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Moving into a specialist market

Neil Merrick on how the NAHT is planning to double its secondary membership. The National Association of Head Teachers is stepping up its efforts to recruit more members in secondary schools Q at the same time as improving its internal management structure.

Just months after a major reorganisation, which included scrapping the deputy general secretary's post, the association claims it is ready to take on the Secondary Heads Association by promising more tailored services for heads and deputies.

It admits it was caught out by the growth of enquiries from members following the introduction of local management into schools. A recent review of the association by management consultants Coopers Lybrand led to a new regional structure with 15 home-based field officers or consultants now in place.

Rowie Shaw, who took over as director of professional services last month, said the association hoped to double its secondary membership during the next two to three years. It currently includes about 5,000 secondary heads and deputies out of a total membership of 38,000.

Many of these also join SHA, which has about 8,600 members, but the NAHT does not know how many actually hold dual membership. "We have no way of ascertaining that. It's one of the things we might try and do," says Ms Shaw, a former secondary head in Bradford and Tower Hamlets.

One of the main reasons heads give for joining SHA, she says, is that it is seen to offer a specialist service to secondaries. "There is no reason why specialist and sector interests can't be represented by NAHT."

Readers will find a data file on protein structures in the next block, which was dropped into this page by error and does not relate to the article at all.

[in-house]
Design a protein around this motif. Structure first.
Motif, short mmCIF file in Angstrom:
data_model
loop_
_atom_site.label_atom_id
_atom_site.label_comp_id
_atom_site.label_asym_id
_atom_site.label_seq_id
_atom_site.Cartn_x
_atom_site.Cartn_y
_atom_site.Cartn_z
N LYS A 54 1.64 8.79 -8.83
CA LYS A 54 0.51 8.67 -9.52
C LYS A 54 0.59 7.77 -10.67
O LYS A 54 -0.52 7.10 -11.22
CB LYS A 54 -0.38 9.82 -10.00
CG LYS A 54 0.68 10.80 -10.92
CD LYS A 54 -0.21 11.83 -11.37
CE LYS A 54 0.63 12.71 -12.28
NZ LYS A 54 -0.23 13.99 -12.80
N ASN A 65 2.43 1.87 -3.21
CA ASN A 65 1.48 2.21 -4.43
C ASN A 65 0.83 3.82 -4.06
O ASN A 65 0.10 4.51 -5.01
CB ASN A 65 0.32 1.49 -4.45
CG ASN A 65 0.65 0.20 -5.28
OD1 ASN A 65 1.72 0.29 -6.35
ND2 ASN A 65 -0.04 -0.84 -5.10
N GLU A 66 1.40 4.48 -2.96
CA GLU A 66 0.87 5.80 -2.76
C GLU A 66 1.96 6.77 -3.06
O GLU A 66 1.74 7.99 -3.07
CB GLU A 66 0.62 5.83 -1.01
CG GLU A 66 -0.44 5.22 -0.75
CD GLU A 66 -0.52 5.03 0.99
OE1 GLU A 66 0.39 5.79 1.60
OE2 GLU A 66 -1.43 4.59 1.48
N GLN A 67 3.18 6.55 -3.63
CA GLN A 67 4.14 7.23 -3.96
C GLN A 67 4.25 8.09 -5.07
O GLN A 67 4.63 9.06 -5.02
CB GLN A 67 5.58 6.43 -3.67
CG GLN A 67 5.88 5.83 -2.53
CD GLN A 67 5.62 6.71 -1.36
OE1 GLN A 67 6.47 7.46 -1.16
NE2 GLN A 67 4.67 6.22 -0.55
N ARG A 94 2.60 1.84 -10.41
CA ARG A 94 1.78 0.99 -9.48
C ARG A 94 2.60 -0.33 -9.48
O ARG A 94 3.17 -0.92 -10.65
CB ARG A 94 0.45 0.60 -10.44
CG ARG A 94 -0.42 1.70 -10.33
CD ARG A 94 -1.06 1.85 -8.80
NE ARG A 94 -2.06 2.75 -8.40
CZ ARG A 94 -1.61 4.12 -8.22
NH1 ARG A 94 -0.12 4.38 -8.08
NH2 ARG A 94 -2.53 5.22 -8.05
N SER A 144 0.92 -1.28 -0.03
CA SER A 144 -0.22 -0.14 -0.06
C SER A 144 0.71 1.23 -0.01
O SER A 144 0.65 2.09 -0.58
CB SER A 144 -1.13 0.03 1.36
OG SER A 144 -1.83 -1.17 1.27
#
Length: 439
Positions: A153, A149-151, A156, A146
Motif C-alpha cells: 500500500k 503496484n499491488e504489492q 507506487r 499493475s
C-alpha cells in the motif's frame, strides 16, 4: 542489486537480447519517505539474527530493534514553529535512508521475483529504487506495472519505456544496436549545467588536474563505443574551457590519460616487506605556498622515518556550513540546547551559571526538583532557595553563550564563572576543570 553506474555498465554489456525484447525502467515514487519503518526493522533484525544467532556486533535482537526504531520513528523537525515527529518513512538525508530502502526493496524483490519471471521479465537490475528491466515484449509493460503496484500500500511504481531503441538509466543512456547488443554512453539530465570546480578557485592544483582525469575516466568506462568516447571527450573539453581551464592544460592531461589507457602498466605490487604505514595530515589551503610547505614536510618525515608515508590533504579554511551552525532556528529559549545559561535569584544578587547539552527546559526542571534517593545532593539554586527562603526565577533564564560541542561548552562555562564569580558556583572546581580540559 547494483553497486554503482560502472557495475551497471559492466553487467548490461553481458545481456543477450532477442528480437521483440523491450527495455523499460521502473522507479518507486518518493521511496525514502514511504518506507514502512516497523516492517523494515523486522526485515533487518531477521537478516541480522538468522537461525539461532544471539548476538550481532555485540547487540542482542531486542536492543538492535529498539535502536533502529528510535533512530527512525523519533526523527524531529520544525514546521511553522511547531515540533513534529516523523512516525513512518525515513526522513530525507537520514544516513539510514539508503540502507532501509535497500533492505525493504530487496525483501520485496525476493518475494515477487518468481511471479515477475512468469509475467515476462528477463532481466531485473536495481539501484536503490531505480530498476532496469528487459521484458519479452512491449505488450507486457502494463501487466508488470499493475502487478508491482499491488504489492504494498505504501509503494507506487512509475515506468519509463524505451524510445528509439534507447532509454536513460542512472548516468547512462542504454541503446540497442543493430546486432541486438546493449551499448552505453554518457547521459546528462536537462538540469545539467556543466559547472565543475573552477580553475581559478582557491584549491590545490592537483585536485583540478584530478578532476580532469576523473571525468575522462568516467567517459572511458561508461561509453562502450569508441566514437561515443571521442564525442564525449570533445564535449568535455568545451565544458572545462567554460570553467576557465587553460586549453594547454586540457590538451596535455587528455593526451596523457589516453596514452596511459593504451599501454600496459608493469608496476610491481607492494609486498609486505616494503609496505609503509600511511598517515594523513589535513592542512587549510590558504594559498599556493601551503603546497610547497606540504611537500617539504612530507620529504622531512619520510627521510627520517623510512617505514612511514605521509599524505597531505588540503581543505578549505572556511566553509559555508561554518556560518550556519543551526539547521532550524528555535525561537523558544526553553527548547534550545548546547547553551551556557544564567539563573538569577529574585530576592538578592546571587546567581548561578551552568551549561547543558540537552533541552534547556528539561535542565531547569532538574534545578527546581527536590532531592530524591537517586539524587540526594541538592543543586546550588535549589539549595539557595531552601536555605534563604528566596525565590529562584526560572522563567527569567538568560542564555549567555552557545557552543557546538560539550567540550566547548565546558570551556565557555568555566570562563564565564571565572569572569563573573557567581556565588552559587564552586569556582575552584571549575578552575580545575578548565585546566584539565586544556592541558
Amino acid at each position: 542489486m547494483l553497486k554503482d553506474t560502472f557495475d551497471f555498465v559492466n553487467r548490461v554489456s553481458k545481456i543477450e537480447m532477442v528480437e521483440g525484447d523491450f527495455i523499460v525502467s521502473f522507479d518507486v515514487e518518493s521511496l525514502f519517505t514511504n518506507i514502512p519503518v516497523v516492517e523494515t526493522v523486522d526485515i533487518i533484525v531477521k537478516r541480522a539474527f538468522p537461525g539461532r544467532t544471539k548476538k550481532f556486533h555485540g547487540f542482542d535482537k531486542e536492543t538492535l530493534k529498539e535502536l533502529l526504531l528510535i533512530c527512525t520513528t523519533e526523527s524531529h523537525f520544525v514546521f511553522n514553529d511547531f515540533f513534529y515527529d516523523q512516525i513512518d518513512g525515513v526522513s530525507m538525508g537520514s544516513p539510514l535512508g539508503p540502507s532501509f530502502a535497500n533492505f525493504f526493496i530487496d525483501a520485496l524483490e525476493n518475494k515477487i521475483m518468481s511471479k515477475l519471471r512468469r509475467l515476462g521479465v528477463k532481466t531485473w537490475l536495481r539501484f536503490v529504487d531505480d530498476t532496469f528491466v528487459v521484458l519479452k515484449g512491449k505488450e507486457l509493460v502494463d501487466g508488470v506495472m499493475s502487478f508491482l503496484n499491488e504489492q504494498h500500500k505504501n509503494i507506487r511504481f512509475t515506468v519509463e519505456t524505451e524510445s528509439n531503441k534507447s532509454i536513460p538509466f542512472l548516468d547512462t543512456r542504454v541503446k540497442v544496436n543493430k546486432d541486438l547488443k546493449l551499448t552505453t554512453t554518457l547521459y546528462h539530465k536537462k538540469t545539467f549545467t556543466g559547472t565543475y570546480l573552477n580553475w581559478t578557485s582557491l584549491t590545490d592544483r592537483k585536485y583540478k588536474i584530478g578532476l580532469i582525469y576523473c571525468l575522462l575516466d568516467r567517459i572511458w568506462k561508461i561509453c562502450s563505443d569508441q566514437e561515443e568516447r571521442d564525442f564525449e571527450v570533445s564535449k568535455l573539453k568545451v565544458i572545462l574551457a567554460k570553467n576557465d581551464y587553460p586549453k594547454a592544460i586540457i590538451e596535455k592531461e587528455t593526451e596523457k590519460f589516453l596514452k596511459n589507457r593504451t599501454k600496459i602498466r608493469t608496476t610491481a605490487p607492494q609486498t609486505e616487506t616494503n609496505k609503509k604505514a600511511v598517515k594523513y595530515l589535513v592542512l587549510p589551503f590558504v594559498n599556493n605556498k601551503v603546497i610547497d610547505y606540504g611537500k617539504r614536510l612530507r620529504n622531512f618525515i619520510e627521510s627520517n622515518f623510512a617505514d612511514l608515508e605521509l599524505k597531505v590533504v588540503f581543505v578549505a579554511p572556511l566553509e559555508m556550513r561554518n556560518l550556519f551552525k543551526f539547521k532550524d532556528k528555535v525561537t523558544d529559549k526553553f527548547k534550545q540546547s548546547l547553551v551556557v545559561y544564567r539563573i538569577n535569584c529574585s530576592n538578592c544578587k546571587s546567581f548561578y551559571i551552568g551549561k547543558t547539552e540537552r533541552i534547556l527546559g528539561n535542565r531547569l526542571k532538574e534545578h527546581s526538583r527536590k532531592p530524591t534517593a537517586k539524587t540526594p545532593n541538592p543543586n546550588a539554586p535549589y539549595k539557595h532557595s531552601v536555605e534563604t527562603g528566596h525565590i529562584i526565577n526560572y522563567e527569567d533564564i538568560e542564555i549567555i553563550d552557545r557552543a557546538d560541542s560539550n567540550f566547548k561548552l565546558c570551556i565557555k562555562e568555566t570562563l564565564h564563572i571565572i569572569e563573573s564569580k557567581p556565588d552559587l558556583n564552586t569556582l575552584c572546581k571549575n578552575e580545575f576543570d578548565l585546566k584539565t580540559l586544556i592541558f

And her association hopes to counter SHA's successful management and professional services (MAPS) programme with training workshops and other services, many of which are offered in partnership with local authorities or higher education institutions. The association would, if necessary, act as a broker. "We don't need to offer all these services ourselves," says Ms Shaw. "But we may know a man or woman who does."

Alan Winter, the NAHT's new director of administration, claims it is now more commercially aware. "We have to be more business-like and that means taking some fairly hard-nosed business approaches." As well as generating new commercial contacts, including discount schemes for members, the NAHT will focus on strategic planning and try to create a corporate culture. "It's no great secret the association was somewhat behind in terms of modern management techniques," says Mr Winter, former senior administrative officer at Winchester City Council.

It is also investing in information technology and expects to have a new electronic database running later in the year. Field officers will be linked to the database, and heads and deputies should also eventually be able to gain direct access.

Mr Winter's responsibilities include finance, membership issues and human resources. Rowie Shaw, meanwhile, co-ordinates the four units at the NAHT's Haywards Heath headquarters covering education, training and development, professional advice and salaries and pensions.

She will concentrate on issues which do not obviously fall within the remit of one unit. "In the past professional services were spread among a number of people and lines of communication were not as clear as they should have been," she says. Within the new structure, general secretary David Hart will continue to enjoy the highest profile and has his own unit to co-ordinate lobbying activiites such as the current campaign over league tables.

But following last summer's departure of deputy general secretary David Burbage, Ms Shaw will, when required, stand in for Mr Hart. "It's the old 'falling under a bus' syndrome," she says. "There needs to be someone who can step in but not in the traditional deputy general secretary role which other associations have."

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